Revival of Congress

The ingenuity or knack of the Karnataka voters to make ‘the most intelligent choice’ of a government for the next five years will be put to test once again when they go out to vote in a single-phase election on Sunday.

Though seemingly divided on caste and regional lines, which every political party tries to exploit, they have shown remarkable maturity and sagacity in voting to a pattern over the last few elections and producing stunning results. The invisible trend somehow creates a single thread that traverses through the state and reveals itself when the ballots are counted.

The four major political formations in the state – the Congress, the BJP, the JD(S) and the KJP – have all been publicly and privately claiming that they will win close to or over 50 seats. The leaders of these parties want others also to believe it and will try to reel out the names of constituencies they are sure to win.

Going by these assertions, as there are only 224 seats at stake, one might think that Karnataka could be headed for another hung Assembly, as it happened for the first time in 2004. But indications are, that there is general aversion to leave the result in the balance.

In 2008, the people gave the BJP a near majority, hoping for ‘a government with a difference.’  But the BJP indulged in bitter infighting after coming to power, resulting in three governments in five years, and complete betrayal of the people’s mandate.
Any election ‘pundit’ will admit even after touring parts of the state to gauge the ‘mood’ of the people and culling information from elsewhere that predicting the final result is a hazardous exercise. But the overall trend, it appears, is in favour of a single party rule which offers stability and good governance. Therefore, a hung Assembly is most unlikely.

 The BJP’s image at present is so low that it would be a comical understatement to say that it suffers from anti-incumbency factor. Even if B S Yeddyurappa had remained with the BJP, it would have done just as badly or worse; and with Yeddyurappa splitting the BJP and forming KJP which is contesting nearly all the seats, and B Sriramulu also taking away a chunk, BJP’s return to power is only a mirage.

 This election will also teach Yeddyurappa that it was BJP which made him what he became and people do not trust person-centric parties. He may still have influence over sections of Lingayats, but that won’t be enough to win more than a handful of seats.

As far as JD(S) is concerned, its strength in the Assembly shrunk from a peak of 58 seats in 2004 – when it could still claim to be true inheritor of Janata Dal’s legacy with a cross section of leaders in its ranks – to a mere 28 seats in 2008. Despite H D Kumaraswamy becoming chief minister for 20 months, the JD(S)’ area of influence has hardly grown beyond the Old Mysore belt. The party has become less inclusive, with the Gowda family fully in control. Its best option will be to become a ‘kingmaker’ or at least a ‘partner’ in case no single party gets 113 seats on its own.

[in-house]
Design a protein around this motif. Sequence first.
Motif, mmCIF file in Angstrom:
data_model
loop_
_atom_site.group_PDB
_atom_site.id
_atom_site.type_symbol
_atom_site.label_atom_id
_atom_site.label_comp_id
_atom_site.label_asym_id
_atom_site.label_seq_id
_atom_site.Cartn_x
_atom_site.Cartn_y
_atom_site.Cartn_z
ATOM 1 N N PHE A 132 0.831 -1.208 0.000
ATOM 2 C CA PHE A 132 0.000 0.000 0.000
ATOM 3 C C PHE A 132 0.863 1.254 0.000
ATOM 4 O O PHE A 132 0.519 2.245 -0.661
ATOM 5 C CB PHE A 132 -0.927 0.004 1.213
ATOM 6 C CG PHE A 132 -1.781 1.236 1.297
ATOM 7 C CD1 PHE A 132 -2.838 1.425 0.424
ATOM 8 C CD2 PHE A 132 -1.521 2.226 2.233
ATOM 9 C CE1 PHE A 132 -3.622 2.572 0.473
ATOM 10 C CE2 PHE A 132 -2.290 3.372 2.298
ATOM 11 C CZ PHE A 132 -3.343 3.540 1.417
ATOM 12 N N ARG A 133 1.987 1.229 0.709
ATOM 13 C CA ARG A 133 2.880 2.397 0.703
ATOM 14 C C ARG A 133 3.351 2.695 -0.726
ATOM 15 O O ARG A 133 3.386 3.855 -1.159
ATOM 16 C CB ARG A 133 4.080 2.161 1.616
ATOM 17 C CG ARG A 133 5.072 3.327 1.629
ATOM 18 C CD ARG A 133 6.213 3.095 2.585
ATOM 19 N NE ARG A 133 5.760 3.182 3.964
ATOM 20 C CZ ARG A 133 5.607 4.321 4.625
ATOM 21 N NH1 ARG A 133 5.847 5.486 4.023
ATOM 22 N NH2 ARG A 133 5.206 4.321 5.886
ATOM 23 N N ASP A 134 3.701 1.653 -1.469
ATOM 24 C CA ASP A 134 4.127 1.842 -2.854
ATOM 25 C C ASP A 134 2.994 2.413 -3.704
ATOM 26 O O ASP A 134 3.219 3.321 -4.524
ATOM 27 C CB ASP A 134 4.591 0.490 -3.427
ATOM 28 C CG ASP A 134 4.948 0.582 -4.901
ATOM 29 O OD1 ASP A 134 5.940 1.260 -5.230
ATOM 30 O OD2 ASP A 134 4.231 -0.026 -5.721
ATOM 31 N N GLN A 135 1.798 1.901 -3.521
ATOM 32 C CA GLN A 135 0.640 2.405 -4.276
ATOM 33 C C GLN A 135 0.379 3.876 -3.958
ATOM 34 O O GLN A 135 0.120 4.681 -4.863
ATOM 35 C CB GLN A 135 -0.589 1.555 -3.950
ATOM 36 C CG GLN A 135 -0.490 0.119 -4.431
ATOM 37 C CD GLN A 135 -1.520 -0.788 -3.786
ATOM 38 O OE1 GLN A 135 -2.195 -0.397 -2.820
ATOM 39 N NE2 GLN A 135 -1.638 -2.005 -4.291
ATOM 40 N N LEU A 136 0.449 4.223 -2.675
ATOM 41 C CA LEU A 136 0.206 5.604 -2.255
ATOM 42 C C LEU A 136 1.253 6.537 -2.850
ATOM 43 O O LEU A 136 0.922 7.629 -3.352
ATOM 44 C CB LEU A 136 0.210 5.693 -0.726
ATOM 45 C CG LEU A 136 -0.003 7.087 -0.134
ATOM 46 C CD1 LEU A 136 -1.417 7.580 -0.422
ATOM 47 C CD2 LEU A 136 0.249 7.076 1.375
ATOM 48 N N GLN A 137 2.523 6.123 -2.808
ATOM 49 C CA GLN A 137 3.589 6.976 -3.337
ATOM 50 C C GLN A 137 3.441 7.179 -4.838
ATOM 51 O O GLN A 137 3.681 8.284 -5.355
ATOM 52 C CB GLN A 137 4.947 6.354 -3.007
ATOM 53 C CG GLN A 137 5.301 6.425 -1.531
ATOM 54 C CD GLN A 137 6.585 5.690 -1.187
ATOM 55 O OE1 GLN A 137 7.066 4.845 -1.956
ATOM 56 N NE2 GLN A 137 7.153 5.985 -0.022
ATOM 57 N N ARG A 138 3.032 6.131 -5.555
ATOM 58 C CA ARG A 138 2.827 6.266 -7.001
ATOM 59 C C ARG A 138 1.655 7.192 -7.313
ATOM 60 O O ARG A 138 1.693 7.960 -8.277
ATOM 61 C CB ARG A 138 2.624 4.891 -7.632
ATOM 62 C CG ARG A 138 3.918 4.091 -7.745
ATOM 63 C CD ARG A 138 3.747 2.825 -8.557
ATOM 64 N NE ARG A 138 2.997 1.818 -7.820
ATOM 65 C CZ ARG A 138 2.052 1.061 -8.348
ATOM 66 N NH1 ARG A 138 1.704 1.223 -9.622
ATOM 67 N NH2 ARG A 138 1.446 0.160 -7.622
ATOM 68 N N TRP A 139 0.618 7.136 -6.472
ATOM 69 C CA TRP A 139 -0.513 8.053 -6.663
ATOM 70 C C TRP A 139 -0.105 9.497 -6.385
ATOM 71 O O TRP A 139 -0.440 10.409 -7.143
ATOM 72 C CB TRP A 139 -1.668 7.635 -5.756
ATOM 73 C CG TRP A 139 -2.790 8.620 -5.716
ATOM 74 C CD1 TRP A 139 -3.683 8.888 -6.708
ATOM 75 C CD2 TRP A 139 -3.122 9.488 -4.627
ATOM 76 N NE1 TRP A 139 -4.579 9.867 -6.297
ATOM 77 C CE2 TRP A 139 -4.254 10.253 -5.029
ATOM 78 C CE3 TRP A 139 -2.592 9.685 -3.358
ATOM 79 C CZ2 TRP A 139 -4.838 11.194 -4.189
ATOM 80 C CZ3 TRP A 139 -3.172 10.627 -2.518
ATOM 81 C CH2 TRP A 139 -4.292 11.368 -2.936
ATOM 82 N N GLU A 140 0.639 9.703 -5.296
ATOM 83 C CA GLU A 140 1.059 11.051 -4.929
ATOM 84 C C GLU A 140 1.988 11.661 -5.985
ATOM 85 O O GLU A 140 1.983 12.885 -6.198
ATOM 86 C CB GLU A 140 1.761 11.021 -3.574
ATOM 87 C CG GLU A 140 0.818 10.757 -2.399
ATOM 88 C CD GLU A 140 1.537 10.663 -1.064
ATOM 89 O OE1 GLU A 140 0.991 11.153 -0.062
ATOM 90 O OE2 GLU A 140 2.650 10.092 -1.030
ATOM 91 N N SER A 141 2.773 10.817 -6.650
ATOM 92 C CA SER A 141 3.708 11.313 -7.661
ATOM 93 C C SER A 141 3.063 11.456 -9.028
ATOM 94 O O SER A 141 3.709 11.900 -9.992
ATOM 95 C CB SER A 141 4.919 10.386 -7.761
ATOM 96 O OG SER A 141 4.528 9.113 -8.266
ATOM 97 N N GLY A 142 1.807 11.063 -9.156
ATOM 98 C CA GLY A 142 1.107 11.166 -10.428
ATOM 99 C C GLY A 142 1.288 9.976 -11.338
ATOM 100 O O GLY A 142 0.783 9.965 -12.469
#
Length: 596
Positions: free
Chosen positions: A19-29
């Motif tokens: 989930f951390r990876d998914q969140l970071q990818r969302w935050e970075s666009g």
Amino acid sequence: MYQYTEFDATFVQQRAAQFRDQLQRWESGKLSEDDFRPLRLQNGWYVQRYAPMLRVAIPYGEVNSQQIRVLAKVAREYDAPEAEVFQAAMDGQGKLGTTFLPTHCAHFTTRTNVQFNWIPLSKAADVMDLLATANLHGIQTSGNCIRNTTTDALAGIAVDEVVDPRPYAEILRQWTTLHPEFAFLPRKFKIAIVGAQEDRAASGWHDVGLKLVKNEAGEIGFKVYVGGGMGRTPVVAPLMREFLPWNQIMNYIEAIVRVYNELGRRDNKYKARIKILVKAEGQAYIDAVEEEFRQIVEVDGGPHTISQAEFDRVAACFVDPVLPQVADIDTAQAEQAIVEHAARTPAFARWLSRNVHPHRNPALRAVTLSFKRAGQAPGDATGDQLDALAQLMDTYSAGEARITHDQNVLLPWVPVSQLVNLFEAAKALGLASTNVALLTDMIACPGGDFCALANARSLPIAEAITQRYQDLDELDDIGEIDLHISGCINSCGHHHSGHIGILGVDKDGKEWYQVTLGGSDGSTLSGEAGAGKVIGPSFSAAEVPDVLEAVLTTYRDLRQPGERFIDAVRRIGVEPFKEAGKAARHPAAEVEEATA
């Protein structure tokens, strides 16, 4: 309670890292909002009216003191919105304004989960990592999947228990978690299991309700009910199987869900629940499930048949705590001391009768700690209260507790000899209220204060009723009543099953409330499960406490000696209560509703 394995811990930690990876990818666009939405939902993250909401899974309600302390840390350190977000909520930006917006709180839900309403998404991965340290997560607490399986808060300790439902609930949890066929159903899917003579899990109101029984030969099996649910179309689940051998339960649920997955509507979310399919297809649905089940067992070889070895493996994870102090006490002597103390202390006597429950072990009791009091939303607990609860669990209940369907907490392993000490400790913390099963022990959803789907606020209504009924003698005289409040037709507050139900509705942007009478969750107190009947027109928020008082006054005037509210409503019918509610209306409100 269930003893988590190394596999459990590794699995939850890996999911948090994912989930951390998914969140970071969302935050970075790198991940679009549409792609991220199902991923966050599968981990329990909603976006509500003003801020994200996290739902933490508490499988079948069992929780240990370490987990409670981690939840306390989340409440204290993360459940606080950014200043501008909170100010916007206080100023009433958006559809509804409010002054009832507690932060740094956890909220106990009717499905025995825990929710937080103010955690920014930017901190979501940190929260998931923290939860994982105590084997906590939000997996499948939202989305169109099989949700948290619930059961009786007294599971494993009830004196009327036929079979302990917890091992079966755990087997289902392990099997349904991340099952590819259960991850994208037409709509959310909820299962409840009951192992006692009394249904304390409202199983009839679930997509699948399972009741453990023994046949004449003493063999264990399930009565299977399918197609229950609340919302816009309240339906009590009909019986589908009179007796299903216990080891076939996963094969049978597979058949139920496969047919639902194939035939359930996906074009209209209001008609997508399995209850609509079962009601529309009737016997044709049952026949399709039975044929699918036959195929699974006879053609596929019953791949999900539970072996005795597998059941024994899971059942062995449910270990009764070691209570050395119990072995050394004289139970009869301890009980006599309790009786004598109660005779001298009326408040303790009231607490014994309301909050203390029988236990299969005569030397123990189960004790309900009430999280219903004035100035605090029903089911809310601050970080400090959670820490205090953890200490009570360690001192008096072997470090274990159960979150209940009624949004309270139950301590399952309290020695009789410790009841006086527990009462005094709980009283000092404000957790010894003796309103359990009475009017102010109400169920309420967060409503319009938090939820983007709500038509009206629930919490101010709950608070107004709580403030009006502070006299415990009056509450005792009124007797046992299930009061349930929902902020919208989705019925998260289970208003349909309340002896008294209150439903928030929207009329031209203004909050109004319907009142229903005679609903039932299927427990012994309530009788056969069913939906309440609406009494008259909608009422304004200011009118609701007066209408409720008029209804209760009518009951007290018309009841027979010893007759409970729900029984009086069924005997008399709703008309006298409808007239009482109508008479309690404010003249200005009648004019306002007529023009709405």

Speculations on seats

That leaves the Congress, the largest party with a vote base across the state, with a fair chance of returning to power. Speculations on the number of seats it will win have ranged from 95 to 135, but the fact is, no other party is in a position to come even close to it.

 In 2008, the Congress’ vote share was 35.13 per cent when it won 80 seats. In comparison, the BJP got 110 seats with 33.93 per cent voting in its favour. Even in 2004, when Congress recorded its worst performance of 65 seats, it had a vote share of 35.27 as against 28.33 per cent of the BJP, which bagged 79 seats.

Therefore, even going by simple arithmetic, the Congress should do extremely well should it gain 3 to 4 percentage of more votes. The KJP may not win too many seats, but a large chunk of votes it takes will be at the cost of the BJP and that will be to the advantage of Congress, especially in north Karnataka.

 Unlike in 2008, the Congress did reasonably well with the selection of candidates this time, quelled most of the rebellion in time and ran a more cohesive campaign. As the results of the urban local body elections held just a month ago have shown, the Congress has gained significant ground in north Karnataka, including Hyderabad Karnataka and Bombay Karnataka regions and the coastal belt. The Congress is also likely to do well in Bangalore rural and urban districts which account for 28 seats.

 The BJP has been trying to counter the Congress’ campaign on “BJP’s massive corruption” in the state by pointing to the Congress-led UPA government’s “mega scams,” but it unlikely to sway the voters. The Karnataka voter is remarkably focused on what he wants, which was dramatically exhibited in 1984-85. The Janata Dal led by Ramakrishna Hegde got a drubbing in the 1984 Lok Sabha elections, but when Hegde dissolved the Assembly and sought re-election three months later, his government returned to power with a massive majority.

 Karnataka will most likely offer solace to Congress vice president Rahul Gandhi with a victory for the party after a series of defeats elsewhere in the country. But, it cannot be taken as a barometer of  Congress’ ‘popularity.’ Come 2014 Lok Sabha elections, the voter will make another informed choice, based on a different set of national issues, and perhaps, also an important factor like -- the most suitable candidate for prime minister. But for now, on Sunday, he has a job on hand.

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